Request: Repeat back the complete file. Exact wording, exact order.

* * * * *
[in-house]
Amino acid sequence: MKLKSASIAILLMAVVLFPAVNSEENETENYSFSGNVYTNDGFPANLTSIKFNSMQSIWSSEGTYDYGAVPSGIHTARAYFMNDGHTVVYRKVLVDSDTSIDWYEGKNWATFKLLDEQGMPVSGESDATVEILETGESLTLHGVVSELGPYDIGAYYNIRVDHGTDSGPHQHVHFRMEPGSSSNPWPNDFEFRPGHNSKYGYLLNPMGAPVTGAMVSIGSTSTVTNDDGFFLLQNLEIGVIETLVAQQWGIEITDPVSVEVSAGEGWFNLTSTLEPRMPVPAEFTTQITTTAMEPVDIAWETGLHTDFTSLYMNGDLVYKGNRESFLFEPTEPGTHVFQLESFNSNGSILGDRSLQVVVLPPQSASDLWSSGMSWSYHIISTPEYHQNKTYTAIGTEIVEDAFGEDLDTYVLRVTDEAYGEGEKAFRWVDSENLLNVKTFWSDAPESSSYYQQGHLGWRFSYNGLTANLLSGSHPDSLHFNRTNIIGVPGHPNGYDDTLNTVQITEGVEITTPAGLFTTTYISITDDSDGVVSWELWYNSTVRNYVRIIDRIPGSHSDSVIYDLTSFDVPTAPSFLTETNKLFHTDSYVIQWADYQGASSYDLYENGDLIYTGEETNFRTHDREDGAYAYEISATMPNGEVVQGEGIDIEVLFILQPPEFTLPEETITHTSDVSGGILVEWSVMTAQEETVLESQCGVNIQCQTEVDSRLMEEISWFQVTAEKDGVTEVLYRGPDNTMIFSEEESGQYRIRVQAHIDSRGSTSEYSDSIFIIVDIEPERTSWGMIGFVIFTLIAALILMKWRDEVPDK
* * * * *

[in-house]
Amino acid sequence: MKLKSASIAILLMAVVLFPAVNSEENETENYSFSGNVYTNDGFPANLTSIKFNSMQSIWSSEGTYDYGAVPSGIHTARAYFMNDGHTVVYRKVLVDSDTSIDWYEGKNWATFKLLDEQGMPVSGESDATVEILETGESLTLHGVVSELGPYDIGAYYNIRVDHGTDSGPHQHVHFRMEPGSSSNPWPNDFEFRPGHNSKYGYLLNPMGAPVTGAMVSIGSTSTVTNDDGFFLLQNLEIGVIETLVAQQWGIEITDPVSVEVSAGEGWFNLTSTLEPRMPVPAEFTTQITTTAMEPVDIAWETGLHTDFTSLYMNGDLVYKGNRESFLFEPTEPGTHVFQLESFNSNGSILGDRSLQVVVLPPQSASDLWSSGMSWSYHIISTPEYHQNKTYTAIGTEIVEDAFGEDLDTYVLRVTDEAYGEGEKAFRWVDSENLLNVKTFWSDAPESSSYYQQGHLGWRFSYNGLTANLLSGSHPDSLHFNRTNIIGVPGHPNGYDDTLNTVQITEGVEITTPAGLFTTTYISITDDSDGVVSWELWYNSTVRNYVRIIDRIPGSHSDSVIYDLTSFDVPTAPSFLTETNKLFHTDSYVIQWADYQGASSYDLYENGDLIYTGEETNFRTHDREDGAYAYEISATMPNGEVVQGEGIDIEVLFILQPPEFTLPEETITHTSDVSGGILVEWSVMTAQEETVLESQCGVNIQCQTEVDSRLMEEISWFQVTAEKDGVTEVLYRGPDNTMIFSEEESGQYRIRVQAHIDSRGSTSEYSDSIFIIVDIEPERTSWGMIGFVIFTLIAALILMKWRDEVPDK